This summer has been notable for a number of reasons. While the pandemic has impacted us all one way or another, the story of the year is climate change. Drought, fires, and floods, there’s no denying that we’ve crossed a threshold.
Some have denied that human activity has shifted the climate at all. Others have tried to ignore it and a few have been sounding the alarm for years, only to have warnings fall on deaf ears. Not any more. Here in the Pacific Northwest, the heat dome killed hundreds of people, millions of sea creatures and ruined millions of dollars of crops.
Moving forward, hiding our heads in the sand isn’t an option. While climatologists wring their hands because the headlines contradict their models and projections, all of us – and I do mean all of us – need to take drastic action right now. When I read stories about how to address climate change, hemp doesn’t feature prominently – and it should.
Trees breathe carbon dioxide, so why are we cutting them down? We need more trees, not less. Substitute hemp for the wood used for paper, packaging, and building materials. This isn’t a new idea by any stretch of the imagination. In the three years I’ve written this monthly column on hemp, “Pack It Up” in the February 2021 issue garnered the most feedback of all. Consumers should not only look for recycled paper and cardboard but demand hemp instead.
Wood for construction replaced by hempcrete? We all agree it’s a good idea because hempcrete sequesters carbon, as well as saving precious trees. Some of the roadblocks include updating building codes, educating architects and training construction workers. A tall order, but less daunting than sitting passively while the planet burns and floods.
Yes, biofuel instead of relying on petroleum. Electric vehicles instead of internal combustion engines. But getting people to abandon their cars and trucks is a small piece of the puzzle – the biggest lifestyle change everyone on the planet can make will be harder than divorcing ourselves from what Marshall McLuan called “The Mechanical Bride.”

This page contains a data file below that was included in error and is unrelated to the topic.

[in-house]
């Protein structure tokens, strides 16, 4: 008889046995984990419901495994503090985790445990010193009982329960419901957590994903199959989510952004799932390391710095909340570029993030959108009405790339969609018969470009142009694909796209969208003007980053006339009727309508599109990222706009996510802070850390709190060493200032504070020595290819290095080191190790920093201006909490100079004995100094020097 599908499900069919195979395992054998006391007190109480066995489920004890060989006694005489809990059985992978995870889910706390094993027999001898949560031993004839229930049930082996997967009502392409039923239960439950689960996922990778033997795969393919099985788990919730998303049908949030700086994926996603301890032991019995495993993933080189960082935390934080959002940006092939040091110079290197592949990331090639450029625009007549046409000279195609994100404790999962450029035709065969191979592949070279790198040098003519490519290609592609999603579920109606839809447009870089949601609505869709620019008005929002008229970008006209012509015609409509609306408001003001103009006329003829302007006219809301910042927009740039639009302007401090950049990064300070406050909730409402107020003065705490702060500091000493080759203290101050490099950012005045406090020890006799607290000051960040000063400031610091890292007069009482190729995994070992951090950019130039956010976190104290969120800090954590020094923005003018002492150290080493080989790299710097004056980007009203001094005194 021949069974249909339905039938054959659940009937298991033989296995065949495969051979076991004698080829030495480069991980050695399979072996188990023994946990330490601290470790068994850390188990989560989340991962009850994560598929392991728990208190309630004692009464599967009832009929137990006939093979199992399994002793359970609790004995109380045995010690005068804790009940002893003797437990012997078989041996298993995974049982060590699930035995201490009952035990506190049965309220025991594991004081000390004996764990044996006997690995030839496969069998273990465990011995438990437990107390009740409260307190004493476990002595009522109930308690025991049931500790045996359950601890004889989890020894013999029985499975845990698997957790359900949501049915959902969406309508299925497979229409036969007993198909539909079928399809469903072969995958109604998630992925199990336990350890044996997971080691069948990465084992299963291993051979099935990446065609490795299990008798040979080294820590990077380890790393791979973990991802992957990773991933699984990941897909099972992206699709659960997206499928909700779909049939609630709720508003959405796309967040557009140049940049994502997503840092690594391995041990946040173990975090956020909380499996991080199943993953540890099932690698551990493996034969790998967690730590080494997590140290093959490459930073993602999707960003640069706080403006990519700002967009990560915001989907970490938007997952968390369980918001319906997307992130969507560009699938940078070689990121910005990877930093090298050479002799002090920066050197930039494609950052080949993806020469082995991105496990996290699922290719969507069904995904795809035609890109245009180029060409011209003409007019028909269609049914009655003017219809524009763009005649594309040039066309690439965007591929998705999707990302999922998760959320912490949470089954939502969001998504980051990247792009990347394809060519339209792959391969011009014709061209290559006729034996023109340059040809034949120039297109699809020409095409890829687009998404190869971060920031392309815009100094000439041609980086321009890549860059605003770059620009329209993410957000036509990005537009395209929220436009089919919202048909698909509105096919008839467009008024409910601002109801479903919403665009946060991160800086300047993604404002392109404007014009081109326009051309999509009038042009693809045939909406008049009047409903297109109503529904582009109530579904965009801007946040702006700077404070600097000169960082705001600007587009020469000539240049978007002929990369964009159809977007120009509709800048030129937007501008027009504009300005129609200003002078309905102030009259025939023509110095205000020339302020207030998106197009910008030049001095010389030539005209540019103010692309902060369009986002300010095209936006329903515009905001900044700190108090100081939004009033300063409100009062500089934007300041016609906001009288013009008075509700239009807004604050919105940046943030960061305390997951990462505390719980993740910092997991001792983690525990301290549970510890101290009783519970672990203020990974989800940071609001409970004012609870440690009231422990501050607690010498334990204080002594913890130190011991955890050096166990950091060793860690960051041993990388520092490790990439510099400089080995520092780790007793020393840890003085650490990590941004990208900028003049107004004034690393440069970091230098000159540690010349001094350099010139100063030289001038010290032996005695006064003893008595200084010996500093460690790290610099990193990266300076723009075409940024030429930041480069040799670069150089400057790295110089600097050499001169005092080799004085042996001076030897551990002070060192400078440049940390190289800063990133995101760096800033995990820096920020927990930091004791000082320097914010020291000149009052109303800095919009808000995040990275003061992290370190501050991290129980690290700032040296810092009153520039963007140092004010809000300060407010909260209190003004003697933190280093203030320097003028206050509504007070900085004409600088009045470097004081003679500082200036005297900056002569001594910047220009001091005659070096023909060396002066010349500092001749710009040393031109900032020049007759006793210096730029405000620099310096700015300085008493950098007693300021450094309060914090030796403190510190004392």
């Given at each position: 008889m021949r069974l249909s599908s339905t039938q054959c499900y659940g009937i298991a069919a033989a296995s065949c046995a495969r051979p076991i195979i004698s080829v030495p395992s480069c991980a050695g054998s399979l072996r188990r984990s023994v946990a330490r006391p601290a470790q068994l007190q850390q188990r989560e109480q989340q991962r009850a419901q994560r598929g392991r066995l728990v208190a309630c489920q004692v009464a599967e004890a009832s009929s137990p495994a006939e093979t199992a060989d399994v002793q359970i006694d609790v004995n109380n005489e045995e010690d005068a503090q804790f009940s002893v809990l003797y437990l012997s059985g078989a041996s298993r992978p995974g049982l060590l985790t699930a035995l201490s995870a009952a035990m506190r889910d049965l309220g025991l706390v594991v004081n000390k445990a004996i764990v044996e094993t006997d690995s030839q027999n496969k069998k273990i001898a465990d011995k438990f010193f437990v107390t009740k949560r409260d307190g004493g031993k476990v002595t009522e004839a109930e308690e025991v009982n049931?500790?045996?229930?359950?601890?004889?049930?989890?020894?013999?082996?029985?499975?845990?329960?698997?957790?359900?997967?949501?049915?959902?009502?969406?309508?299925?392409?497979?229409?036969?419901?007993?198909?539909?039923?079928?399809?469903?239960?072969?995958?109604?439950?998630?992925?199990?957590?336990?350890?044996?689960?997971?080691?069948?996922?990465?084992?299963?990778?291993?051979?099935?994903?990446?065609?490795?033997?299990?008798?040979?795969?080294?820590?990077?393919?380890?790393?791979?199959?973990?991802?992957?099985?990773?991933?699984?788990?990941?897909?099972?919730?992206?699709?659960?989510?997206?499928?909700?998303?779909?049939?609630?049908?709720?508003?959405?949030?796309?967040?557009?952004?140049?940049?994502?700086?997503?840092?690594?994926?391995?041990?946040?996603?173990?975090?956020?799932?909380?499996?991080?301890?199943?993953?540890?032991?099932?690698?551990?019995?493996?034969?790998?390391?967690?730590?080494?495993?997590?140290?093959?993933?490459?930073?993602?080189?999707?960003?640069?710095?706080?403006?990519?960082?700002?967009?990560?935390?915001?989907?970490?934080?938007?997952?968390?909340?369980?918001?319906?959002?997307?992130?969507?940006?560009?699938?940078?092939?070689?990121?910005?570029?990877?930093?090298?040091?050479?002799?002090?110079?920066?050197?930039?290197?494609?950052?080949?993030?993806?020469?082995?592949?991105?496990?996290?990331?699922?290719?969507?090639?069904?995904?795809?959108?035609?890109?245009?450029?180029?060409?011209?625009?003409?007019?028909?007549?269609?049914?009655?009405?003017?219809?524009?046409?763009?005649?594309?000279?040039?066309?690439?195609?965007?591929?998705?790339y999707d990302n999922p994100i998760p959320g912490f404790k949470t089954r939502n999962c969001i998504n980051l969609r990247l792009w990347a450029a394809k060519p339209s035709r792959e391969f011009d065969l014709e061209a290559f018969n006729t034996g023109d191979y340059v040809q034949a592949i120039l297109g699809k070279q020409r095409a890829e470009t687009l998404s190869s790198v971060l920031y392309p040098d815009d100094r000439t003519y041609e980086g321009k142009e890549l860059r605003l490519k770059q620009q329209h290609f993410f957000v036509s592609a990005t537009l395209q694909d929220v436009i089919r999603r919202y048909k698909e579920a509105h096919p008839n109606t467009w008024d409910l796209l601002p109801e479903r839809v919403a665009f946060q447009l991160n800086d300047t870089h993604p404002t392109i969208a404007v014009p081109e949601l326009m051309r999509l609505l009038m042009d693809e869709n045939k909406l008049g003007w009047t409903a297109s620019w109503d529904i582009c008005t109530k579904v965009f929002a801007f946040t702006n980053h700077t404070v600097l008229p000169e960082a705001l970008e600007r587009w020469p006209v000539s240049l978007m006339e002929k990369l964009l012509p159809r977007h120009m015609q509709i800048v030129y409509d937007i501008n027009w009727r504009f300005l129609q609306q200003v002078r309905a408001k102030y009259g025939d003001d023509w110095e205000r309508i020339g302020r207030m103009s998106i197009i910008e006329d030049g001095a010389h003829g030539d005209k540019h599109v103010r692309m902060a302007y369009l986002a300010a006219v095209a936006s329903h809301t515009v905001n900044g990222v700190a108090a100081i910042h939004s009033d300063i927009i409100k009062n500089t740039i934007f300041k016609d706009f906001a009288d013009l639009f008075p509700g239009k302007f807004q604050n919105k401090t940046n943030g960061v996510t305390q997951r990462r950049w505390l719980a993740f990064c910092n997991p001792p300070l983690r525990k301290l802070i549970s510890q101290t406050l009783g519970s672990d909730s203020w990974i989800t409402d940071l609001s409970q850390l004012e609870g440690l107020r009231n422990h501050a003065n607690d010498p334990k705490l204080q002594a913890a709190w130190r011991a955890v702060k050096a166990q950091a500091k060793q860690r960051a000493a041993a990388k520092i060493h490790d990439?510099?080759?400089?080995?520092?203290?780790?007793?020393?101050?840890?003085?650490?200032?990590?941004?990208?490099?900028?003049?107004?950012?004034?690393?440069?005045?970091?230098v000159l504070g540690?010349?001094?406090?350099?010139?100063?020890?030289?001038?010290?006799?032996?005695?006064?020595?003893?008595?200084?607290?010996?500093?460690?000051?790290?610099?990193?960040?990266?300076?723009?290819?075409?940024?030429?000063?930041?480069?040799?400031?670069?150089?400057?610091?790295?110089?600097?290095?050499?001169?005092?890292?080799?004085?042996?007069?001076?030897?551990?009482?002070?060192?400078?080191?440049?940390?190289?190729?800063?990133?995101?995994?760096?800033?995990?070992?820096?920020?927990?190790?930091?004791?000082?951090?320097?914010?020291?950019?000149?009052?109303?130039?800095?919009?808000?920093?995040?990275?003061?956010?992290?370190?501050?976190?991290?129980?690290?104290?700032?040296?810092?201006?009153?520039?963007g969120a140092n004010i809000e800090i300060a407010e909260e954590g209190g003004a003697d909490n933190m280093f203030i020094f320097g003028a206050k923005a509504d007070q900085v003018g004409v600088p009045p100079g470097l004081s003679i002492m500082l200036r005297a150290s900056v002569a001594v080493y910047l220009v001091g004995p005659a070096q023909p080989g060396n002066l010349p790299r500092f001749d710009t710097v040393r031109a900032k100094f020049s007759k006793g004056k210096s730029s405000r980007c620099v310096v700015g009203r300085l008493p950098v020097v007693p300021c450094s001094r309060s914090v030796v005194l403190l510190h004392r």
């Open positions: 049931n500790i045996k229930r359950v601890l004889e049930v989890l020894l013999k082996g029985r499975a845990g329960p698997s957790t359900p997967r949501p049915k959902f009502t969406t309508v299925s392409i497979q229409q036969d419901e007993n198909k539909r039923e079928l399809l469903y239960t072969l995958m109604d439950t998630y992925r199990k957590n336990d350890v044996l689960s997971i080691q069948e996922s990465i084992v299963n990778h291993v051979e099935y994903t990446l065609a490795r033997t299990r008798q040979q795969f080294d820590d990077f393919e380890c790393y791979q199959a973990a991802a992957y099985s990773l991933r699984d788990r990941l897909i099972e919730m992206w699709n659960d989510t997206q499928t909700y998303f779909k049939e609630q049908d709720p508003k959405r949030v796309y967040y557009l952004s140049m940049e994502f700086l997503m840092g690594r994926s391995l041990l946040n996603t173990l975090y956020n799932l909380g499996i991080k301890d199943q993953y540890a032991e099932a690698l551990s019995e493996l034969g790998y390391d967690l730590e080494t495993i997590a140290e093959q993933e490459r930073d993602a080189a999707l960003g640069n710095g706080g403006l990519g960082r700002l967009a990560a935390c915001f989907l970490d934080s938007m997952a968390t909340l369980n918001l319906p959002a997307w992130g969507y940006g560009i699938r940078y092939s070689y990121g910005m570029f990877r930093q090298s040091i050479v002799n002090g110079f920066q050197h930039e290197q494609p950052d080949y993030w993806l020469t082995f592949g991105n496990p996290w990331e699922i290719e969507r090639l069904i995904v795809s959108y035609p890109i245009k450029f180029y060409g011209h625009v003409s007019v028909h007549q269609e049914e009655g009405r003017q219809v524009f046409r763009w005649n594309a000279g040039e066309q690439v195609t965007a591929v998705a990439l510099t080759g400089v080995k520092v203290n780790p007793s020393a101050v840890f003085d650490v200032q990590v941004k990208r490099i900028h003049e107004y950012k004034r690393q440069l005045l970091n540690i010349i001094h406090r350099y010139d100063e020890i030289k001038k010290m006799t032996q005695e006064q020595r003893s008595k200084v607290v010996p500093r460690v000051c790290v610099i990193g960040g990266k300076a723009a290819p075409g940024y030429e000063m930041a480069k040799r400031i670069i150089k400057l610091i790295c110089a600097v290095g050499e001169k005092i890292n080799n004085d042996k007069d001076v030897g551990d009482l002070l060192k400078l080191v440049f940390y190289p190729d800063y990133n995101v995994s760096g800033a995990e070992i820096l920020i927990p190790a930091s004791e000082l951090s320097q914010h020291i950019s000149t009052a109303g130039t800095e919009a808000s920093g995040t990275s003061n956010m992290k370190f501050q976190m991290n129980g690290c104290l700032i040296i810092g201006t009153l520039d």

We need to stop eating so much meat.
Why? Because today we’re using GMO corn with toxic chemicals to feed livestock that doesn’t graze on grass. They’re funneled into feedlots, slaughterhouses, and processing plants that all pollute both soil and waterways. Methane from cow farts – laugh if you will – are a major source of pollution, too.
The answer? We ALL need to eat plant-based diets. We need to eat lower on the food chain. Agriculture is a destructive activity. Beef isn’t a magic food. In fact, eating lots of meat is unhealthy for us as humans, and for the planet as a whole.
Turn off the television ads and set aside old habits. The Impossible Burger and Beyond Meat are options available now. I want to see people buying hemp seeds, hemp oil, hemp flour, and other products as ingredients for the meals they make at home. Let’s not wait for companies to make finished products, especially if we can make things from scratch ourselves. The pandemic had many of us making bread, brewing beer, and planting gardens. Let’s transition our diets to include substantial amounts of hemp foods.
Lastly, the federal government can facilitate this transition via a shift to hemp – by radically altering the rules and regulations. Fully legalize hemp so that it doesn’t require a license to grow or process it. Treat hemp like any other agricultural crop to accelerate its use. Pot is going to be legal federally sooner rather than later, and in addressing climate change, there’s no time for later. Liberate the plant to save the planet.
It’s hot enough already. Hemp is here to help. Hemp can and must save the planet.